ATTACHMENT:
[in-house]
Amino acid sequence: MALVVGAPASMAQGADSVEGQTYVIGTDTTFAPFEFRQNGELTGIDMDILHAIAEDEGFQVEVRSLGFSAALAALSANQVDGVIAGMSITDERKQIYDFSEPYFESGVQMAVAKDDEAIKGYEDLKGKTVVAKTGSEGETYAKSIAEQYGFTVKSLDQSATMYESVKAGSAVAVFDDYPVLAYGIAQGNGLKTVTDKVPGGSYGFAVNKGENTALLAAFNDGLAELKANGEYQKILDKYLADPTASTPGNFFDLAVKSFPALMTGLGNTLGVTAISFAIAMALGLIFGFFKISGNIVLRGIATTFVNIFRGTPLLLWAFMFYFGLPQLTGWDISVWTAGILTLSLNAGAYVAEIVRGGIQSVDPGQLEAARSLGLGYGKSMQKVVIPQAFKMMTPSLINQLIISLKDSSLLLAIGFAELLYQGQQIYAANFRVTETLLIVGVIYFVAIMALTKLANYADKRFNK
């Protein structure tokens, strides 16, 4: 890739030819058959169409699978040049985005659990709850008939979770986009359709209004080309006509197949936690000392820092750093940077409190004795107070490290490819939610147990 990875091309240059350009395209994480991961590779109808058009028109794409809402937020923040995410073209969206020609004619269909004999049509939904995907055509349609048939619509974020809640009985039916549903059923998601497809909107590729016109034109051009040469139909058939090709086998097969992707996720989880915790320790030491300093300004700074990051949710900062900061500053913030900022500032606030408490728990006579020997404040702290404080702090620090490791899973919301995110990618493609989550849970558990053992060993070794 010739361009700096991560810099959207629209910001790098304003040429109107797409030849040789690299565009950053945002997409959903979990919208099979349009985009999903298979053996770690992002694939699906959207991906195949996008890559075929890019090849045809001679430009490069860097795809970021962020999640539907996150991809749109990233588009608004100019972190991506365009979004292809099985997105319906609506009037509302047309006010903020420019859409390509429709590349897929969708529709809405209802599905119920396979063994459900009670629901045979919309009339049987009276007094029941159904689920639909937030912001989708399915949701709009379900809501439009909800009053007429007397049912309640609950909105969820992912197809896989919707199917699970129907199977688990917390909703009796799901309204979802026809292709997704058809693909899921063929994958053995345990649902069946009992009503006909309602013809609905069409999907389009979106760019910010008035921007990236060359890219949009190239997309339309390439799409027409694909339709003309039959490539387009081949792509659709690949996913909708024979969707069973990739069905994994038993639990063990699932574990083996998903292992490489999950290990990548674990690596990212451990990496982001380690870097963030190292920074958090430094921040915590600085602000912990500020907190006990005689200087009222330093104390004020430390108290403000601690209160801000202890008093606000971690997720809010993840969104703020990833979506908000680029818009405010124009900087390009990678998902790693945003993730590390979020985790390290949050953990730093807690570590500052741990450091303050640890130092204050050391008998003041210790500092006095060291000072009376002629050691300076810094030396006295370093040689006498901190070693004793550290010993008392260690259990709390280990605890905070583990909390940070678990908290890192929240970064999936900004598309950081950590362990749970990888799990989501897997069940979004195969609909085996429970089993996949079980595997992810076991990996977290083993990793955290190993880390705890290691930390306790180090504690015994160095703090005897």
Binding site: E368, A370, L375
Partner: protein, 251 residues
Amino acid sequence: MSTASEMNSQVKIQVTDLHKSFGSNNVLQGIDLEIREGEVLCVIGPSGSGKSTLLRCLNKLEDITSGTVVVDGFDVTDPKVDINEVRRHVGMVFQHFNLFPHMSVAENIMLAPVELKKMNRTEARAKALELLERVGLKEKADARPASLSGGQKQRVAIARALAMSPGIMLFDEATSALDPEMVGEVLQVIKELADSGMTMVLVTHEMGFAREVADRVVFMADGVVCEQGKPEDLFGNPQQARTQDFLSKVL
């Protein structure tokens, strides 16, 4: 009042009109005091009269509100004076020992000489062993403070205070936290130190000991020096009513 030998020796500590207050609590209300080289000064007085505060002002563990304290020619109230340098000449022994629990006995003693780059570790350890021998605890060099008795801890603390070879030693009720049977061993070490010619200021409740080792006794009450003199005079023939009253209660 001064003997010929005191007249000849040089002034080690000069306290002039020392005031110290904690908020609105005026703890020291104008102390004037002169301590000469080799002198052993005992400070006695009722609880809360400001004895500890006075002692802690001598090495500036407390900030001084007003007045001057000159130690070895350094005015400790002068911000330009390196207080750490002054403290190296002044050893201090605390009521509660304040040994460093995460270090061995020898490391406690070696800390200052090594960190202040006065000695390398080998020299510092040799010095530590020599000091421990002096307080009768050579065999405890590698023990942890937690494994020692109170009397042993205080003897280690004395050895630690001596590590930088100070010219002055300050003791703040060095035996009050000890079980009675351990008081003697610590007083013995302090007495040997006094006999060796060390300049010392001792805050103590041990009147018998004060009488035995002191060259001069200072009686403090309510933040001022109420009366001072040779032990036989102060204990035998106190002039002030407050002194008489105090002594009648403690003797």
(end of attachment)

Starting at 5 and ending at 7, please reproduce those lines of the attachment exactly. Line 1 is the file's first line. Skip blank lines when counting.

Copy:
Partner: protein, 251 residues
Amino acid sequence: MSTASEMNSQVKIQVTDLHKSFGSNNVLQGIDLEIREGEVLCVIGPSGSGKSTLLRCLNKLEDITSGTVVVDGFDVTDPKVDINEVRRHVGMVFQHFNLFPHMSVAENIMLAPVELKKMNRTEARAKALELLERVGLKEKADARPASLSGGQKQRVAIARALAMSPGIMLFDEATSALDPEMVGEVLQVIKELADSGMTMVLVTHEMGFAREVADRVVFMADGVVCEQGKPEDLFGNPQQARTQDFLSKVL
């Protein structure tokens, strides 16, 4: 009042009109005091009269509100004076020992000489062993403070205070936290130190000991020096009513 030998020796500590207050609590209300080289000064007085505060002002563990304290020619109230340098000449022994629990006995003693780059570790350890021998605890060099008795801890603390070879030693009720049977061993070490010619200021409740080792006794009450003199005079023939009253209660 001064003997010929005191007249000849040089002034080690000069306290002039020392005031110290904690908020609105005026703890020291104008102390004037002169301590000469080799002198052993005992400070006695009722609880809360400001004895500890006075002692802690001598090495500036407390900030001084007003007045001057000159130690070895350094005015400790002068911000330009390196207080750490002054403290190296002044050893201090605390009521509660304040040994460093995460270090061995020898490391406690070696800390200052090594960190202040006065000695390398080998020299510092040799010095530590020599000091421990002096307080009768050579065999405890590698023990942890937690494994020692109170009397042993205080003897280690004395050895630690001596590590930088100070010219002055300050003791703040060095035996009050000890079980009675351990008081003697610590007083013995302090007495040997006094006999060796060390300049010392001792805050103590041990009147018998004060009488035995002191060259001069200072009686403090309510933040001022109420009366001072040779032990036989102060204990035998106190002039002030407050002194008489105090002594009648403690003797």